appears only a poor deformity or a feeble-minded attempt, sometimes a
strong and vigorous embodiment of the root idea.

As to its technical continuity of existence and actual mode of
reproduction, I suppose it would be merely fanciful to liken the
"Crown" to those germ-cells or nuclei, whose existence continues
without break, which serve the purpose of collecting and composing the
somatic cells in due season.

Other illustrations of the temporary incarnation of a permanent idea
are readily furnished from the domain of Art; but, after all, the best
analogy to life that I can at present think of is to be found in the
subject of Magnetism.

At one time it was possible to say that magnetism could not be produced
except by antecedent magnetism; that there was no known way of
generating it spontaneously; yet that, since it undoubtedly occurs in
certain rocks of the earth, it must have come into existence somehow,
at date unknown. It could also be said, and it can be said still, that,
given an initial magnet, any number of others can be made, without loss
to the generating magnet. By influence or induction exerted by
proximity on other pieces of steel, the properties of one magnet can be
excited in any number of such pieces,--the amount of magnetism thus
producible being infinite; that is, being strictly without limit, and
not dependent at all on the very finite strength of the original
magnet, which indeed continues unabated. It is just as if magnetism
were not really manufactured at all, but were a thing called out of
some infinite reservoir: as if something were brought into active and
prominent existence from a previously dormant state.

And that indeed is the fact. The process of magnetisation, as conducted
with a steel magnet on other pieces of previously inert steel, in no
case really generates new lines of magnetic force, though it appears to
generate them. We now know that the lines which thus spring into
corporeal existence, as it were, are essentially closed curves or
loops, which cannot be generated; they can be expanded or enlarged to
cover a wide field, and they can be contracted or shrunk up into
insignificance, but they cannot be created, they must be pre-existent;
they were in the non-magnetised steel all the time, though they were so
small and ill-arranged that they had no perceptible effect whatever;
they constituted a potentiality for magnetism; they existed as
molecular closed curves or loops, which, by the operation called
magnetisation, could, some of them, be opened out into loops of finite
area and spread out into space, where they are called "lines of force."
They then constitute the region called a magnetic field, which remains
a seat of so-called "permanent" magnetic activity, until by lapse of
time, excessive heat, or other circumstance, they close up again; and
so the magnet, as a magnet, dies. The magnetism itself, however, has
not really died, it has a perpetual existence; and a fresh act of
magnetisation can recall it, or something indistinguishable from it,
into manifest activity again; so that it, or its equivalent, can once
more interact with the rest of material energies, and be dealt with by
physicists, or subserve the uses of humanity. Until that time of
re-appearance its existence can only be inferred by the thought of the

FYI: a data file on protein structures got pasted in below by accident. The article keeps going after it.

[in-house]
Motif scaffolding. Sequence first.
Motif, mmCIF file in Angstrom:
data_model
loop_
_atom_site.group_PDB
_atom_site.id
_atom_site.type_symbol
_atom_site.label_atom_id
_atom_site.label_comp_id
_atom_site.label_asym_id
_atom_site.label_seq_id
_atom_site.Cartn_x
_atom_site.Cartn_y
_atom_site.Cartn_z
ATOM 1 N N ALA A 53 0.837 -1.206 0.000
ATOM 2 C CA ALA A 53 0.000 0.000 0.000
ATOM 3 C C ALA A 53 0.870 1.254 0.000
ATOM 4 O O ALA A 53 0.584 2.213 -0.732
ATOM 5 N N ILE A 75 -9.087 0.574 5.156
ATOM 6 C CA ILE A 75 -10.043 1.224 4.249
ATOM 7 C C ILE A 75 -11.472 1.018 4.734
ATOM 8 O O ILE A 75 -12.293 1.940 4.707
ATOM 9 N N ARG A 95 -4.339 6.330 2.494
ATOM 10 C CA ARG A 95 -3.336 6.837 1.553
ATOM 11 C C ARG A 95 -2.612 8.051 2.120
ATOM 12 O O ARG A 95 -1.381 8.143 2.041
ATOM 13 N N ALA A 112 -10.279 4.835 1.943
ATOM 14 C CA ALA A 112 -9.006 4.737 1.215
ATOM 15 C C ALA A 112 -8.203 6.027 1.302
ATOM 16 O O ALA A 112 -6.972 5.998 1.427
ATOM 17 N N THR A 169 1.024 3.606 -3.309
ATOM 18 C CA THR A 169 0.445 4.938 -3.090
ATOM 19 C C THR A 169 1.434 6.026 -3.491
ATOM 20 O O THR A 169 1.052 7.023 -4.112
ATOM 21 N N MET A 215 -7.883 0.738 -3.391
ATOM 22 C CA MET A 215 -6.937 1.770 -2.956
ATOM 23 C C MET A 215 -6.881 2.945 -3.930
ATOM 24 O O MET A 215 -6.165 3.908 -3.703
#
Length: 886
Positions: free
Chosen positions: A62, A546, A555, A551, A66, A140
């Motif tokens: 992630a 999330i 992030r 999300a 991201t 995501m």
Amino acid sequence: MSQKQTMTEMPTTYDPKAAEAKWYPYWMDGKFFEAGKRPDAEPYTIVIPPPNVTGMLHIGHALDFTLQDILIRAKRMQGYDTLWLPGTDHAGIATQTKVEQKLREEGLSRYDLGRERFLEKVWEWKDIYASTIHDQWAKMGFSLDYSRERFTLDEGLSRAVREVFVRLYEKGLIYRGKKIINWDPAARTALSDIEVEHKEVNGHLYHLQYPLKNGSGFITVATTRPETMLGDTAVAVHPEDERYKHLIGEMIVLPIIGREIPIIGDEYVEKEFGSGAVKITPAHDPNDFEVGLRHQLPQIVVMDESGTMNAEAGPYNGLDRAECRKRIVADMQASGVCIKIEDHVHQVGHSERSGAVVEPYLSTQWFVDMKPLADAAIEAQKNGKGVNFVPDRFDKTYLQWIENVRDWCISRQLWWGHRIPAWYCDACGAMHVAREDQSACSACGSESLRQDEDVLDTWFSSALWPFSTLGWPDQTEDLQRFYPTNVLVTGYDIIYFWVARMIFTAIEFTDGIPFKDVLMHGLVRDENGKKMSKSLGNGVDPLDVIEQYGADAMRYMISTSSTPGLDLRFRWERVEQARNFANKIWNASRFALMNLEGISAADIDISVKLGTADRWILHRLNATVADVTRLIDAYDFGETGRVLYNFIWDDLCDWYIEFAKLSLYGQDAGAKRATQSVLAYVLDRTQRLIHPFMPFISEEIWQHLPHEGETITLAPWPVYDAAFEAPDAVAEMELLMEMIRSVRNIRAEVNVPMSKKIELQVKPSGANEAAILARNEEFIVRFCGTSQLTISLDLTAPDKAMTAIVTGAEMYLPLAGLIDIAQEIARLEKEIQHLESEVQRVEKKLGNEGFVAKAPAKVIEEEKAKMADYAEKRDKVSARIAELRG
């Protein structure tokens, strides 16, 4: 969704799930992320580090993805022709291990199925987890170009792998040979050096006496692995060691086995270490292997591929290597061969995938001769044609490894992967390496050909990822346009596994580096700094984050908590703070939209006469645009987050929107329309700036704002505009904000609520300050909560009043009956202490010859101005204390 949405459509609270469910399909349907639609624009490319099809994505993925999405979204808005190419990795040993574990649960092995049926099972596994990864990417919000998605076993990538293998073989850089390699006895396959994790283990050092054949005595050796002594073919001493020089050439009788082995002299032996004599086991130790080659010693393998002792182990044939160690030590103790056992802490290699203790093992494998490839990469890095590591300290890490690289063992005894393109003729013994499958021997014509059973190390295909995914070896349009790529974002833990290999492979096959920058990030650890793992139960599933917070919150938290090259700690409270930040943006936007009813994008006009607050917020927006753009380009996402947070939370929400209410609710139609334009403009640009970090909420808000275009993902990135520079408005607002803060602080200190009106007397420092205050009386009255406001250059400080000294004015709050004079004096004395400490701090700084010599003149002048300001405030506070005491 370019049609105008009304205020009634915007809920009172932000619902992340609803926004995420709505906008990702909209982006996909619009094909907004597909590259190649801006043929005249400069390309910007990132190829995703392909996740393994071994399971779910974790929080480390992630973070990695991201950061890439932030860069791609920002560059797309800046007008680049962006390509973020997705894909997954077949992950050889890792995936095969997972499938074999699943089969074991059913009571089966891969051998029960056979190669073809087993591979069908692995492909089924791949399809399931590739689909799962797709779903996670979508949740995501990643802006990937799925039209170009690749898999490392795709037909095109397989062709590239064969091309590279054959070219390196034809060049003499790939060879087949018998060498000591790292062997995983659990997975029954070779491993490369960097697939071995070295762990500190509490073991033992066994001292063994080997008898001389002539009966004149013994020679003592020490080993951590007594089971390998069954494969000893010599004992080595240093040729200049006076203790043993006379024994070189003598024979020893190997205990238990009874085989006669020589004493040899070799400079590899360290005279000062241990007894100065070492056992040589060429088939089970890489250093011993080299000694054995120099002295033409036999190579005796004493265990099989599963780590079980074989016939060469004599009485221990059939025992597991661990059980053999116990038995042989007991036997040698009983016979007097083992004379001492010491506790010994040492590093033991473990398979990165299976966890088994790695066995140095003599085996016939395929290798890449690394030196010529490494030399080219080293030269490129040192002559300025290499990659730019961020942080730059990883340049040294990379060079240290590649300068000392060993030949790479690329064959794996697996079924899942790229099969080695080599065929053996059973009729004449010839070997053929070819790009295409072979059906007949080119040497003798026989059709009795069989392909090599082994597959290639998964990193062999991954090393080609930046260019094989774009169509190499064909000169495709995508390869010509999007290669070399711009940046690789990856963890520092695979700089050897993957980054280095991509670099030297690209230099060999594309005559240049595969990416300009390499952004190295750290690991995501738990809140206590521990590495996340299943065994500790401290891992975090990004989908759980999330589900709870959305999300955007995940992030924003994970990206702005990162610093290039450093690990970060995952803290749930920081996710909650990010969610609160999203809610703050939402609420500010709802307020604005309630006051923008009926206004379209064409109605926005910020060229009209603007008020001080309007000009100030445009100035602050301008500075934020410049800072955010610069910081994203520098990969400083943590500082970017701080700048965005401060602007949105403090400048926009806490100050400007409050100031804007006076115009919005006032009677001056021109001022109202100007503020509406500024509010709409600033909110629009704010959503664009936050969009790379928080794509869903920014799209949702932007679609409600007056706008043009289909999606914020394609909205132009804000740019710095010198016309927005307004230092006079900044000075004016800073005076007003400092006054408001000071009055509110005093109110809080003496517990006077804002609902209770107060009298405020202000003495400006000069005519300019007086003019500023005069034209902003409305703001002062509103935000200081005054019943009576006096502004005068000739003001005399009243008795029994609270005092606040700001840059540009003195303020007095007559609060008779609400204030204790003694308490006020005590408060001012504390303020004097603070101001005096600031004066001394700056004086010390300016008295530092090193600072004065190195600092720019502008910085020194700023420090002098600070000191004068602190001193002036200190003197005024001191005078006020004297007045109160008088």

mathematician: it is indeed a matter of theory, not necessarily
recognised as true by the practical man.

Our present view is that the act of magnetisation consists in a
re-arrangement and co-ordination of previously existing magnetic
elements, lying dormant, so to speak, in iron and other magnetic
materials; only a very small fraction of the whole number being usually
brought into activity at any one time, and not necessarily always the
same actual set. Only a small and indiscriminate selection is made from
all the molecular loops; and it can be a different group each time, or
some elements may be different and some the same, whenever a fresh
individual or magnet is brought into being.

All this can be said concerning the old process of magnetisation--the
process as it was doubtless familiar to the unknown discoverer of the
lodestone, to the ancient users of the mariner's compass, and to Dr
Gilbert of Colchester, the discoverer of the magnetised condition of
the Earth.

But within the nineteenth century a fresh process of magnetisation has
been discovered, and this new or electrical process is no longer
obviously dependent on the existence of antecedent magnetism, but seems
at first sight to be a property freshly or spontaneously generated, as
it were. The process was discovered as the result of setting
electricity into motion. So long as electricity was studied in its
condition at rest on charged conductors, as in the old science of
electrostatics or frictional electricity, it possessed no magnetic
properties whatever, nor did it encroach on the magnetic domain: only
vague similarities in the phenomena of attraction and repulsion aroused
attention. But directly electricity was set in motion, constituting
what is called an electric current, magnetic lines of force instantly
sprang into being, without the presence of any steel or iron; and in
twenty years they were recognised. These electrically generated lines
of force are similar to those previously known, but they need no matter
to sustain them. They need matter to display them, but they themselves
exist equally well in perfect vacuum.

How did they manage to spring into being? Can it be said that they too